Reply
    6. MashaKasha

      I have interviewed for a few places where the person that would be my manager had a long string of 18-24-months period in upper management positions at a large number of companies. None of these people were millennials. I’m honestly curious about why I am seeing this so often with upper management. I always looked at it as a red flag, as in “I don’t want to work for this guy, because he won’t care about long-term results of the group or company he’s managing”. Has anyone else seen that? are there valid reasons why people structure their management careers like this?

      Reply
      1. Shadow

        That’s definitely a red flag and would make me wonder if hed rather leave than deal with or fix the problems that need fixing. I don’t know how many managers I’ve seen who know they should be addressing a problem employee, don’t, then leave before the focus turns to their failure

        Reply
    7. KR

      I can understand your point but I am gently urging you to reconsider. Many military spouses have a similar type of job history. This is something you can screenshot for in your interview -“I notice that your job history looks like x. I’m really looking to keep someone in this position for at least 5-7 years. Does this sound realistic for you?”

      Reply
      1. Ms. Meow

        This. As KR and others have said, there may be a good reason why the applicants haven’t stayed long (moving because of a partner, getting laid off, moving closer to family, or maybe even just plain old bad luck). Also, maybe someone had 3 different jobs for 18 months each, but now they are finally ready to settle down for the next 5+ years. Sometimes people just need to get that out of their systems. You won’t know until you interview them. Giving qualified applicants an interview then asking about job history is a good way to hedge your bets.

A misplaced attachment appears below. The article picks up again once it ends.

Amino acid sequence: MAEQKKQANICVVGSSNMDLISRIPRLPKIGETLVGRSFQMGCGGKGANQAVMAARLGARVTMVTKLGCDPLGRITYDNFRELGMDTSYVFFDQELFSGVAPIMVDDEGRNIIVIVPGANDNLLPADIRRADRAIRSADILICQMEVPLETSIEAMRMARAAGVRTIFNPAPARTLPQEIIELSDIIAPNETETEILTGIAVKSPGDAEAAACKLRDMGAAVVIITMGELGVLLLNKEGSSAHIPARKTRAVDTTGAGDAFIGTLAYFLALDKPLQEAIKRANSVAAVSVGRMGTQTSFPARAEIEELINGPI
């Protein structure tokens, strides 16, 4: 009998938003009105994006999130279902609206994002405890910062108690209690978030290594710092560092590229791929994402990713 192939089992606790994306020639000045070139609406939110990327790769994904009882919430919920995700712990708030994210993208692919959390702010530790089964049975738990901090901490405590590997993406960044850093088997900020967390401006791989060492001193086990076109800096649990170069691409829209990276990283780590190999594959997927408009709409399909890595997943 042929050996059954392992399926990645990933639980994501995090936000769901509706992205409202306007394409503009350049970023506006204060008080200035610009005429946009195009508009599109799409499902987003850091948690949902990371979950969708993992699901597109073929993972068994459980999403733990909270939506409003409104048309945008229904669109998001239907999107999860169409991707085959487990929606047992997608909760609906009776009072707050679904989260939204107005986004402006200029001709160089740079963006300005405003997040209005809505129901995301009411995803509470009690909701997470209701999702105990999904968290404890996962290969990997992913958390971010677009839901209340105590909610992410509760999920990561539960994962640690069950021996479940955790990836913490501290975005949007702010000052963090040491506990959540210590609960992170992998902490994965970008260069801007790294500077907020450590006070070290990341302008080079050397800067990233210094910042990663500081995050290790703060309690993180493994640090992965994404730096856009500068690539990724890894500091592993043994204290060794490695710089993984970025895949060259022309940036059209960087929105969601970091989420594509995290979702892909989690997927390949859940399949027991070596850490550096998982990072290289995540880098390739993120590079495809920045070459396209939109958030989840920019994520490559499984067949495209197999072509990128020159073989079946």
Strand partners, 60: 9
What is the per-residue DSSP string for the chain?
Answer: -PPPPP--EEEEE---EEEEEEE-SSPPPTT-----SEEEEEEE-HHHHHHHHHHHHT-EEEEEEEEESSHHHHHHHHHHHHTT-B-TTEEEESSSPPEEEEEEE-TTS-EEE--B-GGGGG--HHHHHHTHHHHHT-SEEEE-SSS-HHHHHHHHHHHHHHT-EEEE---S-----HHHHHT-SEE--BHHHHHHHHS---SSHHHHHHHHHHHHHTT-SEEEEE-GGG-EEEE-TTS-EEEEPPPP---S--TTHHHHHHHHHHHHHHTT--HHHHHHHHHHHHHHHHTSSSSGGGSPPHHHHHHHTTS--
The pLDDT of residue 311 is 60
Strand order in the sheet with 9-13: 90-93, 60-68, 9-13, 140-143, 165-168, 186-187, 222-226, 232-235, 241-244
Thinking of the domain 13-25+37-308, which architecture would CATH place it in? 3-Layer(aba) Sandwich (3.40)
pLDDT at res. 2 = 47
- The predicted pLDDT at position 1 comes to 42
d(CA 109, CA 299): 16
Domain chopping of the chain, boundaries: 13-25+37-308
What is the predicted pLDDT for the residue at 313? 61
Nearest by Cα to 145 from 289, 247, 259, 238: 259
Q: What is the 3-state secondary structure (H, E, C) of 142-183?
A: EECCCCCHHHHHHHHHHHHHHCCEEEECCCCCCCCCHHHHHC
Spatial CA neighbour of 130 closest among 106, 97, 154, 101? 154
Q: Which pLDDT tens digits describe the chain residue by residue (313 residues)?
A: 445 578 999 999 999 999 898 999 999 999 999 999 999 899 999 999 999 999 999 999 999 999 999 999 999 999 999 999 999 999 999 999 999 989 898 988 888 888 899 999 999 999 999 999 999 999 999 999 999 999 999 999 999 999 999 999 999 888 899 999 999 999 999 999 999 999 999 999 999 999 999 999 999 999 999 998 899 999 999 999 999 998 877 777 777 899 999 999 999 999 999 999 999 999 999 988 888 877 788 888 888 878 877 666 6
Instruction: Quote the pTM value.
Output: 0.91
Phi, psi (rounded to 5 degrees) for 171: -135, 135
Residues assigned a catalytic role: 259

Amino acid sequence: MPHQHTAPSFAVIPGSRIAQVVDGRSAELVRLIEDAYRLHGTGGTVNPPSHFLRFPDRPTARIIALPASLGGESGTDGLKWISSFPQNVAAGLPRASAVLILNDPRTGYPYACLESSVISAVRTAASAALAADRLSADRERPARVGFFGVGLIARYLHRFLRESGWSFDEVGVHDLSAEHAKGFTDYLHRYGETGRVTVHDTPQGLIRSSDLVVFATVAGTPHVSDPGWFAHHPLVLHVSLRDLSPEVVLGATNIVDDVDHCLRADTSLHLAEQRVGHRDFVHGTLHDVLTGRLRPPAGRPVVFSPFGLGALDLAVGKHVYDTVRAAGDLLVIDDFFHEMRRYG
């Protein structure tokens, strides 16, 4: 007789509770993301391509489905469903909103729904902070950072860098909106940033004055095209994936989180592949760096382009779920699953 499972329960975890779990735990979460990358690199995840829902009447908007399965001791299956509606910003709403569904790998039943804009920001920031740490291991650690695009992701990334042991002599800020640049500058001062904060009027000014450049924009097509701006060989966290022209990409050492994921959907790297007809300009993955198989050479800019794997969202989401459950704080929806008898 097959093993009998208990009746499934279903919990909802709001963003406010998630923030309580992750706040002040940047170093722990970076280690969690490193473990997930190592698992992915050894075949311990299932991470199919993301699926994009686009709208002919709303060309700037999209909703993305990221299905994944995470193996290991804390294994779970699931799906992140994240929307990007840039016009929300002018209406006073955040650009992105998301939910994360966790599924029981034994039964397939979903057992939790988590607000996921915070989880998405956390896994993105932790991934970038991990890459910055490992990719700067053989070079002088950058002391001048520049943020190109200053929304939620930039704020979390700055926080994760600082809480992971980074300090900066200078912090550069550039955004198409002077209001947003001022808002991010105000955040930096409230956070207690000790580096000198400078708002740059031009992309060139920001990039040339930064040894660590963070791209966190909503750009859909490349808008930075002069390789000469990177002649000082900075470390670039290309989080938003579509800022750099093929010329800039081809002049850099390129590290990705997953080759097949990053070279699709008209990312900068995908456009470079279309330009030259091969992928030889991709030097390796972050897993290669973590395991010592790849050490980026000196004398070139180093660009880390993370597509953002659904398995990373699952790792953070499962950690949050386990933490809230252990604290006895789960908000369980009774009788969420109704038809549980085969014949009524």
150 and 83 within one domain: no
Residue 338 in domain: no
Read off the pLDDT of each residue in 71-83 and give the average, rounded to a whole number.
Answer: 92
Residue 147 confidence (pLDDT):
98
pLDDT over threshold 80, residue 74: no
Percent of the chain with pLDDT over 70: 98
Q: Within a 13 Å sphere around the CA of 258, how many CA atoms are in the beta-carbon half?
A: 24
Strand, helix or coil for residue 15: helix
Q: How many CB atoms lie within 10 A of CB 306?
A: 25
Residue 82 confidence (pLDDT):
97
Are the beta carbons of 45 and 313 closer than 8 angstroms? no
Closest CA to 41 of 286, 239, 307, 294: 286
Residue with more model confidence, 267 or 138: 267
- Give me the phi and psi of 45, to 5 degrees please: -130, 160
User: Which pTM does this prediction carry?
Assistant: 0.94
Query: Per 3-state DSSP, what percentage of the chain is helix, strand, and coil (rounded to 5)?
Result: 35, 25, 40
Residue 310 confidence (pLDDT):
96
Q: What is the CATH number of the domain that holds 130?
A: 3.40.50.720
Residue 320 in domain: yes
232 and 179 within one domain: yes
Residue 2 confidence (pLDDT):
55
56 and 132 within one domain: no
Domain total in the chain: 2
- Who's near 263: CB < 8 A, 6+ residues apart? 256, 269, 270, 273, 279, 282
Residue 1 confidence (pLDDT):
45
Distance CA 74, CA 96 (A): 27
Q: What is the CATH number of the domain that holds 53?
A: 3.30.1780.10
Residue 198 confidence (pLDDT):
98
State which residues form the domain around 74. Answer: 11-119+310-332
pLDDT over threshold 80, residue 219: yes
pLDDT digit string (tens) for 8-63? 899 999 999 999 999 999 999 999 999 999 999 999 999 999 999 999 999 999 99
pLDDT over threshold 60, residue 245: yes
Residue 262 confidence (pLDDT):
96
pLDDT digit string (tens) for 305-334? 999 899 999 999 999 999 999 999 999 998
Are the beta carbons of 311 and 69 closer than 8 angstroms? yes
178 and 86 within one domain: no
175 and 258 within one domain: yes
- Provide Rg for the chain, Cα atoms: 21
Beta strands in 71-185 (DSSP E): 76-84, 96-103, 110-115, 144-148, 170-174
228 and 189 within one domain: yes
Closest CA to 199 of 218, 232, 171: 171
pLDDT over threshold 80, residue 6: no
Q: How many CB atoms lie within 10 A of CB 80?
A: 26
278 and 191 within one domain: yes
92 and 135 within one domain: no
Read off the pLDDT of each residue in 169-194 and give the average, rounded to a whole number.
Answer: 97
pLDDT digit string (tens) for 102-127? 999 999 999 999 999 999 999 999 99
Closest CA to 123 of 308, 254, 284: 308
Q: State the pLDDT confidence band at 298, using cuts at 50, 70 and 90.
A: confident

Reply
    8. HMM

      Same goes both way though – I hope your org similarly invests in employees. I think it’s not so much a millennial thing as it is that employers are no longer providing career progression within an org; employees now must go elsewhere for the pay and skill-building that they want to experience.

      Reply
      1. self employed

        Good point. I wonder if the poster above is seeing progression between jobs; I assumed not. But that could be a positive reason for “hopping.”

        Reply
      2. Alleira